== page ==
BATEMAN, John (d.1596), of Newark-upon-Trent, Notts.
Available from Boydell and Brewer
Family and Education
?s. of John Bateman of Newark by his w. Alice, wid. of John Spondon.
Sec. to 2nd Earl of Rutland to 1563, afterwards to 6th Earl of Shrewsbury.
Although there are numerous references to Bateman in Elizabethan correspondence, and a number of his own letters survive, little has been discovered about his private life or background. He was in the service of the earls of Rutland by 1543 and six years later accompanied the 2nd Earl to the Scottish borders, being named as one of the Earl’s two secretaries in the Rutland accounts of that year. Whether or not he was the John Bateman who was an exile in Geneva in 1558, he again occurs as Rutland’s secretary in 1560, when, hearing rumours that the Earl had secretly married, he asked him for instructions about passing on the information. Some time after Rutland’s death in 1563, Bateman joined the household of the 6th Earl of Shrewsbury, perhaps as the result of Shrewsbury’s marriage to Gertrude, Rutland’s sister. He continued to correspond with the 3rd Earl of Rutland, and acted for him in the sale of Holywell House, London, but the committal of Mary Queen of Scots to Shrewsbury’s custody brought him heavier responsibilities with his new master.
During the period of the conspiracies and rebellions between 1569 and 1572 Bateman acted as a source of intelligence for Cecil, reporting on security precautions and on Mary’s attitude in general, and running messages between Tutbury or Sheffield and London. According to Mary, Shrewsbury looked ‘to Bateman to be instructed on how to deal with me, because he is ablest, and clean turned from the Earl of Leicester’. This, and the terms of a letter from Shrewsbury to Bateman in March 1572, indicate that he was a man of power and influence. In 1585 a ‘Bateman’ is mentioned as a servant of Henry Cavendish, son of ‘Bess of Hardwick’, Shrewsbury’s 3rd wife.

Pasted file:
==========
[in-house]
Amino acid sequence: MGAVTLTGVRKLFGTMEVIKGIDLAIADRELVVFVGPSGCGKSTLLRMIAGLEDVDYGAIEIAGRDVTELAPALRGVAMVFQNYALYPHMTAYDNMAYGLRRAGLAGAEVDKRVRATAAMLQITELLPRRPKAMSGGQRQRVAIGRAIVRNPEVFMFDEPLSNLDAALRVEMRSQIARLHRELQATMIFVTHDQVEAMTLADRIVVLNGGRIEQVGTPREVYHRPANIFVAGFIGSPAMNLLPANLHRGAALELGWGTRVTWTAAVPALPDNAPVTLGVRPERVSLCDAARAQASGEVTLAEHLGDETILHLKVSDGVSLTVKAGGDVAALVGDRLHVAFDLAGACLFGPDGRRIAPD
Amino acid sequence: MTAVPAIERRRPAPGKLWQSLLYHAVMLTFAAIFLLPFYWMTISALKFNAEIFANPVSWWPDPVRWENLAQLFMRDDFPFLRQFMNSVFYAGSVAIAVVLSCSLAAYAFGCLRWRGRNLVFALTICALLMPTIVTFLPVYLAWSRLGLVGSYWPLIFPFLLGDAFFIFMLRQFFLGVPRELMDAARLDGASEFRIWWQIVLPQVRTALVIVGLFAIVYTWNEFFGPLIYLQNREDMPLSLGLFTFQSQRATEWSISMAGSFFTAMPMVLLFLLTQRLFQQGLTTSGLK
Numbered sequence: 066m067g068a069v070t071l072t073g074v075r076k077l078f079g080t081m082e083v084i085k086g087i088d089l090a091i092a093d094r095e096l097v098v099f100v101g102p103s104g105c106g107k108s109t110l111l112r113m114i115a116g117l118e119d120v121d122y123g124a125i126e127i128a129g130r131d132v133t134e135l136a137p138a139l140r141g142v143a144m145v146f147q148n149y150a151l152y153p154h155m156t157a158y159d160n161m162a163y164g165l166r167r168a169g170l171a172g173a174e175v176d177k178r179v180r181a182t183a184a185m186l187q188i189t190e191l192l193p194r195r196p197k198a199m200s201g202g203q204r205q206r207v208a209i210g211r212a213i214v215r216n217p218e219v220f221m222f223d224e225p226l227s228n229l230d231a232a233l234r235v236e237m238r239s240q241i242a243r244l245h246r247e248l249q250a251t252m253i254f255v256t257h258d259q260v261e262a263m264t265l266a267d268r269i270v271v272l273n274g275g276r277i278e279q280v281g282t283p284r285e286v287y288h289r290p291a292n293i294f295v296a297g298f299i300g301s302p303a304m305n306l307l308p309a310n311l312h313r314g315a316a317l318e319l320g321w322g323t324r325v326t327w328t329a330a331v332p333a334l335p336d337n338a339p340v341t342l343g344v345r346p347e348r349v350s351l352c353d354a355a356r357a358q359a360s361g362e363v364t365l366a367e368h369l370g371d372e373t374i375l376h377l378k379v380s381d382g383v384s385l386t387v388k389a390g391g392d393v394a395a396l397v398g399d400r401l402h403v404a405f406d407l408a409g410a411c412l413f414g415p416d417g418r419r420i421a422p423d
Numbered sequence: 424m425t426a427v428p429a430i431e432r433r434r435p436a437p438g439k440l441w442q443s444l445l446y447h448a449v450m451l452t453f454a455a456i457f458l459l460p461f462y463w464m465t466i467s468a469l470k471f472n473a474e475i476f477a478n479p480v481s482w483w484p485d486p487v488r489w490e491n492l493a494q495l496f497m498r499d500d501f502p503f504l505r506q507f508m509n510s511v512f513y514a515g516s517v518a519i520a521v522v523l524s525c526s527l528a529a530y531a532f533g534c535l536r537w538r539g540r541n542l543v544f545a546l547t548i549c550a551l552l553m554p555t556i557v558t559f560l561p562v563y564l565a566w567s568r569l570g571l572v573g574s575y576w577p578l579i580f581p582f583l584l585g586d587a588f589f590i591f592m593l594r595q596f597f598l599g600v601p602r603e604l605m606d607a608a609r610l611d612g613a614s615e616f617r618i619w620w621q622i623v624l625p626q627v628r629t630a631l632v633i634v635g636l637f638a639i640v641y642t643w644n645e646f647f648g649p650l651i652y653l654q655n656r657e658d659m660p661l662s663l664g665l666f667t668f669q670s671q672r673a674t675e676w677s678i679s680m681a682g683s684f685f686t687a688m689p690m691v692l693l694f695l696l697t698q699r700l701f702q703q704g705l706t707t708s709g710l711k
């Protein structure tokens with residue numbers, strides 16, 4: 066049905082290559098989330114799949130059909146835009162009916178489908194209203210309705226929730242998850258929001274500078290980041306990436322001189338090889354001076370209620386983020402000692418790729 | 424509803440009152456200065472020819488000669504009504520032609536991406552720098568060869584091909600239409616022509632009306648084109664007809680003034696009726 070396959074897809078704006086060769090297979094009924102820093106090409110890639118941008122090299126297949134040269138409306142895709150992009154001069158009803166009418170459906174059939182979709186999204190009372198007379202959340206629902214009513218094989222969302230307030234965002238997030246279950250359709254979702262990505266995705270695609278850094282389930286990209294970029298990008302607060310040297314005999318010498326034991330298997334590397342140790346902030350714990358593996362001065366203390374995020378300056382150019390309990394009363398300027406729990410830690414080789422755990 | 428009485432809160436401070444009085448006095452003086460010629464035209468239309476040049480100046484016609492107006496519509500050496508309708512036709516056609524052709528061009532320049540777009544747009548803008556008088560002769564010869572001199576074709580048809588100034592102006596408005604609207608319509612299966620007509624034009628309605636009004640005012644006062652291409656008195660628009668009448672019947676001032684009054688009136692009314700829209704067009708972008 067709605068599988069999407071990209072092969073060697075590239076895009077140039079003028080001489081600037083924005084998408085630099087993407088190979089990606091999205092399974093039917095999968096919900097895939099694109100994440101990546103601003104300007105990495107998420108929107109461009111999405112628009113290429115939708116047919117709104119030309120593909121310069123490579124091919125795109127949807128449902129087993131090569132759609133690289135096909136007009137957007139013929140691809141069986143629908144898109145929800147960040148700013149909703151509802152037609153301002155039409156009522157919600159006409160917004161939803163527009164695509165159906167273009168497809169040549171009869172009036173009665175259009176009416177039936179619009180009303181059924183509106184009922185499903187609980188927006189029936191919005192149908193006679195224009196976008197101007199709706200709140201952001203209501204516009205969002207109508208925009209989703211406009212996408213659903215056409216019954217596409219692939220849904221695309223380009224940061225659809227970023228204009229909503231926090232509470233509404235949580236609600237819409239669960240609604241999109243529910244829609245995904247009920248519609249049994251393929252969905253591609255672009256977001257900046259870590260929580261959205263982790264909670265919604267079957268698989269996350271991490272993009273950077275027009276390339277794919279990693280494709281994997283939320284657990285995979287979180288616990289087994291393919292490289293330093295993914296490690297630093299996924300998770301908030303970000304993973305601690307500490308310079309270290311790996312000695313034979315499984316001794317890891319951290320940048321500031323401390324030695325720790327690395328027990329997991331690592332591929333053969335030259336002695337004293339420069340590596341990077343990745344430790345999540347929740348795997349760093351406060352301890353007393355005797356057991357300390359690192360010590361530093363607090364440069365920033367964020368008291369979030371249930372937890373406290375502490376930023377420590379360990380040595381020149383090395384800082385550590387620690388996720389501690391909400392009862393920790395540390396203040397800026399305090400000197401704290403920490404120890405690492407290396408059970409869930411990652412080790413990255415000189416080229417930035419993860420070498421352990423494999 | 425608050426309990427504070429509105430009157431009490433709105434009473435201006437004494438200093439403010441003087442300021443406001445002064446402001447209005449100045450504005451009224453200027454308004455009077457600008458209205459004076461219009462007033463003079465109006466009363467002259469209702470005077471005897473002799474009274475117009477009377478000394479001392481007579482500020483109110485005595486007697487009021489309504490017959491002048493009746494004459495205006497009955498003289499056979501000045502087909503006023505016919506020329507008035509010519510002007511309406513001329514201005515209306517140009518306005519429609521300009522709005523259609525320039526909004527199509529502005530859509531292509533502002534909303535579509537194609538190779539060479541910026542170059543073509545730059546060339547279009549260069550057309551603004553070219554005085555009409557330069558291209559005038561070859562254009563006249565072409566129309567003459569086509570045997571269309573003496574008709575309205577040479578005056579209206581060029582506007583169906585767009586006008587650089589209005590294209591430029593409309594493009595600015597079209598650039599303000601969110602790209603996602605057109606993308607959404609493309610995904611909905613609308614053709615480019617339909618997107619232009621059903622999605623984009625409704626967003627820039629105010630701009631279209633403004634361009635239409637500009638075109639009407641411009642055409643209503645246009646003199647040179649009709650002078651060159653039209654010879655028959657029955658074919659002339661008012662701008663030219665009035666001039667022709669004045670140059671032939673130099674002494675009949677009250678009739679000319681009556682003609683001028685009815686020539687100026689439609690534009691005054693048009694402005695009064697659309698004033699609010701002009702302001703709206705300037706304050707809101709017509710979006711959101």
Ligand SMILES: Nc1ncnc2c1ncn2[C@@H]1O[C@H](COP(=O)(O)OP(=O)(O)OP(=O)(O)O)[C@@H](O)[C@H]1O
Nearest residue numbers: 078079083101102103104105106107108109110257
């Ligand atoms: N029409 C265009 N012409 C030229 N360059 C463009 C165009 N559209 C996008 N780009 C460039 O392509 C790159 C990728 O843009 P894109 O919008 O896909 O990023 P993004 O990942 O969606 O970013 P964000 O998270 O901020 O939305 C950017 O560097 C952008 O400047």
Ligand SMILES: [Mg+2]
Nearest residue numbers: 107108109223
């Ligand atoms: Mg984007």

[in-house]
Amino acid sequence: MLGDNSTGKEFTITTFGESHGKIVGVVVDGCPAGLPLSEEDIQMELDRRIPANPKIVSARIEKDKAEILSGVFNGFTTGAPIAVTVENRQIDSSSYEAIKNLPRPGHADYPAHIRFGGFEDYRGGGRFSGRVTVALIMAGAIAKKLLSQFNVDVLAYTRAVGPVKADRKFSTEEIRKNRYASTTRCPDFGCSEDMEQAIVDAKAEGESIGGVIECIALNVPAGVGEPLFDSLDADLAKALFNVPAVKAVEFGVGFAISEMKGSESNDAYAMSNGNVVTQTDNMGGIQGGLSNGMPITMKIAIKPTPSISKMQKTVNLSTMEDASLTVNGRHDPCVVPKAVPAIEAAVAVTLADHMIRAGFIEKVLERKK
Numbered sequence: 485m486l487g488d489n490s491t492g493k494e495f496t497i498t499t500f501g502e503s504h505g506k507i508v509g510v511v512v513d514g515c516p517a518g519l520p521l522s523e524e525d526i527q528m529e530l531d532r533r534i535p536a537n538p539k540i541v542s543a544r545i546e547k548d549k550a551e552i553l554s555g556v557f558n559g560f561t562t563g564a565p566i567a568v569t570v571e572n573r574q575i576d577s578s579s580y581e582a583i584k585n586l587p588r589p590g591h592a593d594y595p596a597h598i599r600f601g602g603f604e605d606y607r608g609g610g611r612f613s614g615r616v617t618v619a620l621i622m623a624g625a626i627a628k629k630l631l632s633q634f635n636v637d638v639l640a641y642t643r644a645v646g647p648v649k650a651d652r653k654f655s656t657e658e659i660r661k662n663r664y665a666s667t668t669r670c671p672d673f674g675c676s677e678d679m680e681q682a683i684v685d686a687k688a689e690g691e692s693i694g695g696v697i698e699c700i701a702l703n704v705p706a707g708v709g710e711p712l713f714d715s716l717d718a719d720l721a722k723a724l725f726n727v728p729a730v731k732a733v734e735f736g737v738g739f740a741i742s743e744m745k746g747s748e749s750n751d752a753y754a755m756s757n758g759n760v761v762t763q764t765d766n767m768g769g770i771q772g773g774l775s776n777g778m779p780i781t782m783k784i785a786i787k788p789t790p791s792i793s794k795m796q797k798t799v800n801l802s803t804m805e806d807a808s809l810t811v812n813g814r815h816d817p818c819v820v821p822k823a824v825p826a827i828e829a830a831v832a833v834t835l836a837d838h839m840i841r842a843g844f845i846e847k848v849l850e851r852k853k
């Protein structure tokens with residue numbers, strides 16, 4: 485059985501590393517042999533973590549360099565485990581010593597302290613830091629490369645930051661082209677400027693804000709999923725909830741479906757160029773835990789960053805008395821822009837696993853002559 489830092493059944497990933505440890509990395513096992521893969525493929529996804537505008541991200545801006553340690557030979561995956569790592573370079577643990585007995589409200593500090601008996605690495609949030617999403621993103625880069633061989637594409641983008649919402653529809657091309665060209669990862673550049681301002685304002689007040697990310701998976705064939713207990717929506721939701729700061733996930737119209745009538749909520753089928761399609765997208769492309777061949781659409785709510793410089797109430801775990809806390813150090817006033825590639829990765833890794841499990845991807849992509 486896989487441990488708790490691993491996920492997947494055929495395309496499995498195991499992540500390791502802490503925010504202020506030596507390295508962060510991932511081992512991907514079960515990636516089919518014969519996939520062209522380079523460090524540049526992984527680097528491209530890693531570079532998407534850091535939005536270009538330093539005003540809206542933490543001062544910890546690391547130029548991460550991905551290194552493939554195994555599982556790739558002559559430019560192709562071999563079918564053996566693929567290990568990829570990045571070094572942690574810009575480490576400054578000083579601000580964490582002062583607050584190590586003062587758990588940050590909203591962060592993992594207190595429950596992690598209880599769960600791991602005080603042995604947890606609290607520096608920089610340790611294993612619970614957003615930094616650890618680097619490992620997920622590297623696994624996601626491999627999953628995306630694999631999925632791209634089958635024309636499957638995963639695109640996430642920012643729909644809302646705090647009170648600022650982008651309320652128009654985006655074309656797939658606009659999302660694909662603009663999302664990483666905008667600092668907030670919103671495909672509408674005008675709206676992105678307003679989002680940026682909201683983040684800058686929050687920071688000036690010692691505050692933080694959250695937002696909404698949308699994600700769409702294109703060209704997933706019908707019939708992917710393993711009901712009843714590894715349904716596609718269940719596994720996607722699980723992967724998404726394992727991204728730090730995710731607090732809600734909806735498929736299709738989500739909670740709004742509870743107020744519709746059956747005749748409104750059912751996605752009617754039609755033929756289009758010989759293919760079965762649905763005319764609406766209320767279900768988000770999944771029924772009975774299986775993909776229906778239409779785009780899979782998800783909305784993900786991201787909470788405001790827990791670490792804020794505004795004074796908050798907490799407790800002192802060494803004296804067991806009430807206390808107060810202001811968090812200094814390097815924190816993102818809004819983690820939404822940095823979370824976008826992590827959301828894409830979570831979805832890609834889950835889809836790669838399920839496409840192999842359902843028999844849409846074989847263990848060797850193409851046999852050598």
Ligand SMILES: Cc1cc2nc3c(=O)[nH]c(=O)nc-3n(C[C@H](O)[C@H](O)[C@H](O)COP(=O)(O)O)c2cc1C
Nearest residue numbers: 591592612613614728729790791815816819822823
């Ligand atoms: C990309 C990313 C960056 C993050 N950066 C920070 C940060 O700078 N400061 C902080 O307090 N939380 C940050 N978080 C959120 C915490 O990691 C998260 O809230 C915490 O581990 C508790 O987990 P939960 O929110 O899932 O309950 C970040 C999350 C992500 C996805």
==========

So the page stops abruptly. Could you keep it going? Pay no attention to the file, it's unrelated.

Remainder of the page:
John Bateman’s returns to Parliament for Nottingham can be attributed to his connexion with the earls of Rutland, while his absence from Parliament in 1571 was probably due to his duties at Sheffield. Probably he was the John Bateman, gentleman, whose will, dated 26 Aug. 1596, was proved at York on the following 7 Oct. In it he described himself as of Newark, and left £6 13s.4d. to the church there, where he asked to be buried. He also bequeathed £10 to the poor of Newark town and parish. Small sums were to go to his nephews and nieces, Anne and Leonard Kempe, and Francis, William and John Lawes. The last named was made sole executor and residuary legatee.
C1/762/11-14; C. Brown, Hist. Newark, i. 238; York prob. reg. 26, no. 373; HMC Rutland, i. 71, 89, 91, 100, 190; iv. 339, 355, 362, 371; C. H. Garrett, Marian Exiles, 82; CSP Scot. 1563-9, pp. 663, 675, 679; 1569-71, pp. 73, 185, 232, 512, 635, 658; 1571-4, p. 158; A. Labanoff, Lettres de Marie Stuart, iii. 48.